The Ram eTorque system boosts torque output while also improving fuel economy.

With automakers scrambling to improve their corporate average fuel-economy (CAFE) numbers in advance of stringent federal targets—the loftiest of which were originally scheduled to kick in for 2025—it may seem counterintuitive that the redesigned-for-2019 Chevrolet Silverado and Ram 1500 are actually growing in size, but they are.

That said, both trucks are actually lighter than the versions they replace, and both are packed with interesting fuel-saving technology—most of it under the hood. One of those new eco-tech features is Ram’s new eTorque system—which we’ll look at in a moment. Here’s a quick summary of what Ram is facing in terms of green tech from Chevy and Ford:

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Chevrolet: Dynamic Fuel Management

2019 Chevrolet Silverado
2019 Chevrolet Silverado

By now, you’re probably aware that a number of pickup-truck engines have the ability to shut off cylinders when power demand is light. Chevrolet’s 5.3- and 6.2-liter V8 engines are able to run on either all eight cylinders, or just four. For 2019, Chevrolet and GMC V8 engines will be able to operate on all eight cylinders, just one cylinder, or any number in between as power demands dictate.

The technology, called Dynamic Fuel Management by Chevrolet and Dynamic Skip Fire by the system’s developer, Delphi, will actually respond to throttle inputs by activating cylinders first, before increasing engine speed. Engines equipped with Dynamic Fuel Management will mate to either 8- or 10-speed transmissions for added efficiency.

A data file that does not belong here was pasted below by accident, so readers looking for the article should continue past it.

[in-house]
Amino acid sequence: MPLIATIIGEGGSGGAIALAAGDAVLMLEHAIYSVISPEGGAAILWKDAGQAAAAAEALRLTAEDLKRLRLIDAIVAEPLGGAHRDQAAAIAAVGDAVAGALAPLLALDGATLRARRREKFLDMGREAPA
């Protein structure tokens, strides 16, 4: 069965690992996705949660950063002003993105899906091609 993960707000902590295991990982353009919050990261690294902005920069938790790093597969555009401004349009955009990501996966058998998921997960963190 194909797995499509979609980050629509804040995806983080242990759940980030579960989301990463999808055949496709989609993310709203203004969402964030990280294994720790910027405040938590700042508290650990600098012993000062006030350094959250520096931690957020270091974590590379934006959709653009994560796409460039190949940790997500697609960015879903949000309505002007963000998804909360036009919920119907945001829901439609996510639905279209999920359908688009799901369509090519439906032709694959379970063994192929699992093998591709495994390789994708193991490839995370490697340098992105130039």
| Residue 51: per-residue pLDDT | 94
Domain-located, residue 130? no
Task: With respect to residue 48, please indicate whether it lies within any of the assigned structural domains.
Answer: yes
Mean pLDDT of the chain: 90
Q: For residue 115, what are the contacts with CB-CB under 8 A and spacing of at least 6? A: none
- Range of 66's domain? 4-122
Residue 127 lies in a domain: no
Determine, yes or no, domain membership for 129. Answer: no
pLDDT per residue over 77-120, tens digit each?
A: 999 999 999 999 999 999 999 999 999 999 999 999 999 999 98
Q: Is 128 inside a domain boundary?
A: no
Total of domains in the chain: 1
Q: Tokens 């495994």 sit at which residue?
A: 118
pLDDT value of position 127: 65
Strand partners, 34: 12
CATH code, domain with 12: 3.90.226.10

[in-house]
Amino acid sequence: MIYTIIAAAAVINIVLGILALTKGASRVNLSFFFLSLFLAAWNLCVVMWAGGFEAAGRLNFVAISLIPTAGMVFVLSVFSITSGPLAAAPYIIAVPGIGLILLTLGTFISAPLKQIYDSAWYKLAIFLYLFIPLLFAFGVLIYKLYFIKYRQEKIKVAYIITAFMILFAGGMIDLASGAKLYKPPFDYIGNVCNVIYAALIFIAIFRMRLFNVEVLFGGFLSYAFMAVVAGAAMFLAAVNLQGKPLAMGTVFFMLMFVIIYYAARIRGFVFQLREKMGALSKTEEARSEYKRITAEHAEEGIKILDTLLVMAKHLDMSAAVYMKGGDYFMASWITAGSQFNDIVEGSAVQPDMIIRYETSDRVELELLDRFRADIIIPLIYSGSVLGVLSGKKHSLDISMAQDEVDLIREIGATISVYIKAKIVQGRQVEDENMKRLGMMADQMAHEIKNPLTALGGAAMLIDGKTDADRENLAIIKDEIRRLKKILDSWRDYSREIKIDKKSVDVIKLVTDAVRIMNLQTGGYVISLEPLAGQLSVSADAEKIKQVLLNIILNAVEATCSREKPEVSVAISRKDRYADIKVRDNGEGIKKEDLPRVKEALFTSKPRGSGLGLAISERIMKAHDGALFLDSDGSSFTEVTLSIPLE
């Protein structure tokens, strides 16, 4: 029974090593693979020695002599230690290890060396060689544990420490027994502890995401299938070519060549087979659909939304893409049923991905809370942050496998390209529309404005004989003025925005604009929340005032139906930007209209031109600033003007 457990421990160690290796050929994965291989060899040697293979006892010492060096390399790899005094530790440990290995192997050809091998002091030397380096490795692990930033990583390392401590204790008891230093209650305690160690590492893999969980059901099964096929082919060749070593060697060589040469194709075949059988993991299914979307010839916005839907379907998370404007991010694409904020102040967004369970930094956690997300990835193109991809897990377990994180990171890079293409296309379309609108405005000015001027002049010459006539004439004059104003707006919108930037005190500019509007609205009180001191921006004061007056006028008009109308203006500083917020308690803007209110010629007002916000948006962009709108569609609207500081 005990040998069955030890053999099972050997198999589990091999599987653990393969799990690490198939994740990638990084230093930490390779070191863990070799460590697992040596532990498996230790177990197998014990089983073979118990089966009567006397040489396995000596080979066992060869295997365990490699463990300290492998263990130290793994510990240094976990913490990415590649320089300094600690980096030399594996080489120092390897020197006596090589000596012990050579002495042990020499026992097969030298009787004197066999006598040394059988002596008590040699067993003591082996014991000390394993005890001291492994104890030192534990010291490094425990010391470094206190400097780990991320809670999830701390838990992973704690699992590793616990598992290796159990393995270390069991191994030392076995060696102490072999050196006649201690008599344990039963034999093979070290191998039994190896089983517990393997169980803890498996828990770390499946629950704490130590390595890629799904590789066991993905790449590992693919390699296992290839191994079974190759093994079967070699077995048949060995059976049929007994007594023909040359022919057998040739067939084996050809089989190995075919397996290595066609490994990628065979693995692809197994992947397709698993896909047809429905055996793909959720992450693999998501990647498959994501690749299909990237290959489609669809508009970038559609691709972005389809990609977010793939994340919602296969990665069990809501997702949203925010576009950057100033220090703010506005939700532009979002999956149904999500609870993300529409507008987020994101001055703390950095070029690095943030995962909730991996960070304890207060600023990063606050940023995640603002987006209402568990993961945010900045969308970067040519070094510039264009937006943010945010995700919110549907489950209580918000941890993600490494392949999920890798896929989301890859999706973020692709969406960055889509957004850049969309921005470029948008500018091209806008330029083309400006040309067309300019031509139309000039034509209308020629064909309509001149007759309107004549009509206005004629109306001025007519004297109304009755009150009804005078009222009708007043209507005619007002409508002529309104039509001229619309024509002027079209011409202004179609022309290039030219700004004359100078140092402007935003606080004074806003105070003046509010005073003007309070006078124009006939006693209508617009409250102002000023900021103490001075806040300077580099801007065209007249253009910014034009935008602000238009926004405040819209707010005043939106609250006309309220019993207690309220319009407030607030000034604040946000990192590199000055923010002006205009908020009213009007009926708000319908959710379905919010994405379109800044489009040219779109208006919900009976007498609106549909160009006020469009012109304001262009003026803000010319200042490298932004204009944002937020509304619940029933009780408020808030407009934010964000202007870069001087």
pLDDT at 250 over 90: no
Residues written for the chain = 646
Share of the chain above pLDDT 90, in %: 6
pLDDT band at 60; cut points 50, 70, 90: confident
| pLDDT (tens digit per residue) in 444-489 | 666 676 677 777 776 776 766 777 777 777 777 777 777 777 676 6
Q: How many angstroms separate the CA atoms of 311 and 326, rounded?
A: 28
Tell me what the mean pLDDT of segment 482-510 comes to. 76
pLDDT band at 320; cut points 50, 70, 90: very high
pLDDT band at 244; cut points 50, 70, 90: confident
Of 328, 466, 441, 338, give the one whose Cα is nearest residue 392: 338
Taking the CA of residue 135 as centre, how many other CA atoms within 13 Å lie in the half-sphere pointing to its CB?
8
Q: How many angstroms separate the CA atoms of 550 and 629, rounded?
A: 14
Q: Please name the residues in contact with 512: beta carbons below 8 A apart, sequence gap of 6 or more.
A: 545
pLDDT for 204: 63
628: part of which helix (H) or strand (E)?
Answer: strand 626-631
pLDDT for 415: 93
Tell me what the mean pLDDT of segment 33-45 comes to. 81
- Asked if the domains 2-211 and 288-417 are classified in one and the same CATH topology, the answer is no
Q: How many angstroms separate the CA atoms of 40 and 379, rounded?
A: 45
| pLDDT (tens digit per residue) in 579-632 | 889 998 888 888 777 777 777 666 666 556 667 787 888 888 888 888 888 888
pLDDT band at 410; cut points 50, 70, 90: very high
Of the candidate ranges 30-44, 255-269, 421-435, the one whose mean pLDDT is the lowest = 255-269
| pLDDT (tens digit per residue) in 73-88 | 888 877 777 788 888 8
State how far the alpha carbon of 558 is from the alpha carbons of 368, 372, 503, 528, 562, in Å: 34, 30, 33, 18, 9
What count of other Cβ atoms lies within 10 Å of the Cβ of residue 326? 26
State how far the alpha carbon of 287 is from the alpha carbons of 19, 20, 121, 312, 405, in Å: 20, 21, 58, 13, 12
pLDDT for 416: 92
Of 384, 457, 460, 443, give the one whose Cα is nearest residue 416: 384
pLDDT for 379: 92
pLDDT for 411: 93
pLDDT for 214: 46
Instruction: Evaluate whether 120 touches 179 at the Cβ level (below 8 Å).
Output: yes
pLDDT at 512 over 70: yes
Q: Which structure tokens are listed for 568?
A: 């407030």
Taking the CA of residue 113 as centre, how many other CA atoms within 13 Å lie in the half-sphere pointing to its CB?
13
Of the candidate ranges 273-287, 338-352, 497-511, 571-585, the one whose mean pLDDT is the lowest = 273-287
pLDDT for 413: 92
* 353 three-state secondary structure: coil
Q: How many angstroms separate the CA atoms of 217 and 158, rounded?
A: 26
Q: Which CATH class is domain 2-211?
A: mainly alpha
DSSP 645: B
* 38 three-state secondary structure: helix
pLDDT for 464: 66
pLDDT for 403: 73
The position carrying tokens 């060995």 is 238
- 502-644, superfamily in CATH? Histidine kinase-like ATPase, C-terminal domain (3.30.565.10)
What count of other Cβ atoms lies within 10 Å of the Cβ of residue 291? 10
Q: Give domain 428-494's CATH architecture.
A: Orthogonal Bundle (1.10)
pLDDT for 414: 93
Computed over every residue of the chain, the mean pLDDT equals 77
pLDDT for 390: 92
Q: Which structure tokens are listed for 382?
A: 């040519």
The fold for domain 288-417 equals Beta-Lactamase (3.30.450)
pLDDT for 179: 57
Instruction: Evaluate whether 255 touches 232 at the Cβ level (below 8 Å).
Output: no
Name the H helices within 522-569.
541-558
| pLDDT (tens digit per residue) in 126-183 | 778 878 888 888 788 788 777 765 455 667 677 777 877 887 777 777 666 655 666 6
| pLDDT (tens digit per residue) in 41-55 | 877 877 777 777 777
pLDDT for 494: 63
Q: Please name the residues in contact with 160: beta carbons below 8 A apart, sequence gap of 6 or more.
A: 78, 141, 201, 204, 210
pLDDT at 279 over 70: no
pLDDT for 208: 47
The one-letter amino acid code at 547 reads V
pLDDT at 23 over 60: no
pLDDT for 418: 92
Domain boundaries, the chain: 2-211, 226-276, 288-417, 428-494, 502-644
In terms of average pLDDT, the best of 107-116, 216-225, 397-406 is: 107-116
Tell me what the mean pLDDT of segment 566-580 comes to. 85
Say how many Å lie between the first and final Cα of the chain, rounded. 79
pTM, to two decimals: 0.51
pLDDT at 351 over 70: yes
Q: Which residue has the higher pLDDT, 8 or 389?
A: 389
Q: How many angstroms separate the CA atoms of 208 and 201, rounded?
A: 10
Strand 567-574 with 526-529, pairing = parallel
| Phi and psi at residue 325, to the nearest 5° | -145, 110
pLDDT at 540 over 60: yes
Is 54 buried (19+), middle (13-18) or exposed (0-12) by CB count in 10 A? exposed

Ford: EcoBoost and “Dual Fuel”

2018 Ford F-150
2018 Ford F-150

You’re also likely aware of Ford’s EcoBoost family of direct-injection turbocharged engines, two of which are available in the automaker’s F-150 pickups. EcoBoost engines produce prodigious amounts of power relative to their displacements, but weigh less than comparable V8 engines, and use less fuel when “off boost.”

For 2018, Ford has updated its non-EcoBoost engines to incorporate both port- and direct-injection systems. Direct injection, which introduces fuel into the cylinder directly through a port in the cylinder head, allows carmakers to raise compression ratios for improved combustion, which results in better fuel economy. A downside of direct injection is the high fuel pressure required to introduce fuel to the cylinder during the compression cycle.

Port injection, however, introduces fuel in the intake manifold outside the cylinder—into the incoming airstream—thus requiring far less pumping energy than direct injection. Port injection is also generally credited with improving start-up smoothness and operating more quietly than direct injection.

Ford’s “dual-fuel” engines combine the two systems for optimal fuel efficiency, running almost exclusively on port-injection at low speeds and under light loads, and on direct injection as power demands warrant.

So, how is Ram responding to these high-tech fuel-saving technologies? Meet eTorque.

First Spin: 2019 Ram 1500 eTorque


What is eTorque?

2019 Ram 1500
2019 Ram 1500

Along with lightening the Ram 1500 and improving the truck’s aerodynamics as part of the redesign for 2019, Ram engineers did their own work under the hood. However, instead of advanced cylinder deactivation or a dual fuel-injection system, the Ram folks turned to a more familiar fuel-economy aid: hybridization.

For 2019, the eTorque mild-hybrid system will come standard on all 3.6-liter V6 Ram models, and will be available on 5.7-liter Hemis. Note, however, that Ram will not be using the word “hybrid” in its advertising (more on that a little later).